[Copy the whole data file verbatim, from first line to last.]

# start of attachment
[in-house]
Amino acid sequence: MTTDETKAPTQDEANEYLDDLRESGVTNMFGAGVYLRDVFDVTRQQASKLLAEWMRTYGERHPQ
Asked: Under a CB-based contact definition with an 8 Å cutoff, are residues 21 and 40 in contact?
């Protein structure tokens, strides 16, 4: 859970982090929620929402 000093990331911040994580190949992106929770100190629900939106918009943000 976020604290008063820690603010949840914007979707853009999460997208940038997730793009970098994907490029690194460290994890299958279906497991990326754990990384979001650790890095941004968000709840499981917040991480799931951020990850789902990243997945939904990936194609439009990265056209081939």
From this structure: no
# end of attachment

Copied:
[in-house]
Amino acid sequence: MTTDETKAPTQDEANEYLDDLRESGVTNMFGAGVYLRDVFDVTRQQASKLLAEWMRTYGERHPQ
Asked: Under a CB-based contact definition with an 8 Å cutoff, are residues 21 and 40 in contact?
């Protein structure tokens, strides 16, 4: 859970982090929620929402 000093990331911040994580190949992106929770100190629900939106918009943000 976020604290008063820690603010949840914007979707853009999460997208940038997730793009970098994907490029690194460290994890299958279906497991990326754990990384979001650790890095941004968000709840499981917040991480799931951020990850789902990243997945939904990936194609439009990265056209081939």
From this structure: no